Led by her 15-year-old daughter, Gayal Black was taking her first walk through Times Square last week when she realized that things had suddenly and perhaps forever changed.
"People came up to us and recognized her," Black said of her daughter Tornado Alicia Black, who had reached the final of the US Open girls' juniors the day before. "It was so shocking."
Not so shocking, however, that Tornado did not know how to respond.
"She said thank you and shook their hands," Gayal said. "My kids have seen top players who are snooty and don't want to sign autographs. But they know you stand there until all the children, at least, have their autographs signed. They came to see you and they're going to be the ones in the future who are going to buy tickets to see you."
While the blossoming of Tornado Black as an up-and-coming tennis star is just beginning, the marketing of the teenager from Boca Raton, Fla., has been a long time in the making.
Gayal Black, who also has a 12-year-old junior champion in daughter Hurricane Tyra Black and another former player in 26-year-old daughter Nicole Pitts, said she does not want her younger girls referred to as "the next Serena and Venus Williams," as they have been. But it has less to do with racial stereotyping than it does with carving out their own niches both on the court and in endorsement circles.
"It's hard to get sponsors because they're so used to everyone saying, 'I have the next Venus and Serena,'" Gayal said. "But honestly, out of everyone saying that, no one is proving themselves like Tornado and Hurricane. It's so much more than striking tennis balls, and both girls have proven that."
At 10, Tornado won the 12-year-old Nationals. At 12, she won the 14s. Hurricane just won the USTA Girls' 12 Super National Hard Court Championships in August and is the top-ranked 12-and-under girl in the country.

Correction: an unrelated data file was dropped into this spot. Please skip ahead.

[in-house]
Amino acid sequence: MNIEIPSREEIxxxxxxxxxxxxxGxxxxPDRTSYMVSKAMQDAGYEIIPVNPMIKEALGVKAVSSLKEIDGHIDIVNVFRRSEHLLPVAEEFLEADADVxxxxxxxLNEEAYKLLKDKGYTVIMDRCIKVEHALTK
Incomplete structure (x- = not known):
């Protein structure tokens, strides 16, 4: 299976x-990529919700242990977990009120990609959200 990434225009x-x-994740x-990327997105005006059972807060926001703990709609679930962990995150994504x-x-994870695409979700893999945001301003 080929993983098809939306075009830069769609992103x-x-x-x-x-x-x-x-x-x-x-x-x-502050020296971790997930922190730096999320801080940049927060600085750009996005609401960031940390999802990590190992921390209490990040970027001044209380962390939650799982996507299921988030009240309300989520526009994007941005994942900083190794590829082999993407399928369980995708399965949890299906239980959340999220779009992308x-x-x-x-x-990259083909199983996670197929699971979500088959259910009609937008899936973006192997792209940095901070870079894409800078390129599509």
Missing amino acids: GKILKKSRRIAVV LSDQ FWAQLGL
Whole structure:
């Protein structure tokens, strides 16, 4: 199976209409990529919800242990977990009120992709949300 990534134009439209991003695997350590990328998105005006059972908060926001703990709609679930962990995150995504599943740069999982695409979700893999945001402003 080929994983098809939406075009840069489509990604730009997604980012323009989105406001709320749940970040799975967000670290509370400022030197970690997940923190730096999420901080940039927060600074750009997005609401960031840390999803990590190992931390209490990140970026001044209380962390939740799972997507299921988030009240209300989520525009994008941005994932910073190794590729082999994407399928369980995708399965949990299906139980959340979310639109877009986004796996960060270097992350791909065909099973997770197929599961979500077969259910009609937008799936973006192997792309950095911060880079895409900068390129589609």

"We're always going to be compared, but we're the Black sisters not the Williams sisters," Gayal said. "We're going our own way. We played the junior ITF circuit, the Williamses didn't. It's nice [for Tornado] to be compared to Serena, who's the greatest of all time, but they want a name for themselves and I think they'll live up to their own names and win their own Grand Slam titles in years to come."
Living up to their own names is a big enough chore in itself with monikers like Tornado and Hurricane. But it was not without considerable thought that they have them.
"We knew expenses [for training and competing in tennis] were crazy and we also knew we had athleticism in our family," Gayal explained of the thinking before the girls were born.
The girls' father, Sly Black (the couple is separated), played Davis Cup tennis for Jamaica and ran track in the 1993 Pan Am Games while Gayal was an AAU swimmer and a high school runner. Her cousin was on the U.S. handball team in the 1988 Summer Olympics. And Pitts, Gayal's oldest daughter with her first husband, Frank (who passed away five years ago), was also a junior tennis champion who played briefly on the pro tour at 16 before a wrist injury caused her to change course. She is now in medical school in Tennessee.
"We knew we were going to have a couple more tennis players," said Gayal, who met Sly while she was a manager at Rick Macci Tennis Academy and he was Macci's head coach and Nicole's hitting partner (he currently works with Hurricane out of his tennis academy in Boca Raton and has coached Sloane Stephens, ranked 13th in the WTA rankings).
"Alicia got her name 'Tornado' when she was 3 and playing out of her mind," she said. "We couldn't believe how amazing she was and we knew then we had a champion. When the next one was born, we knew she could do it, too, and so her [legal] name is Tyra Hurricane."
But raising champions was only a part of the strategy.
"I have a marketing degree . . . and I knew I needed to do something for them to stand out, and we thought it was cute," Gayal said. "[Tornado didn't like her name] a few years ago. Kids tease you. But now they understand it's marketing and it's very big to say a storm blew through the US Open.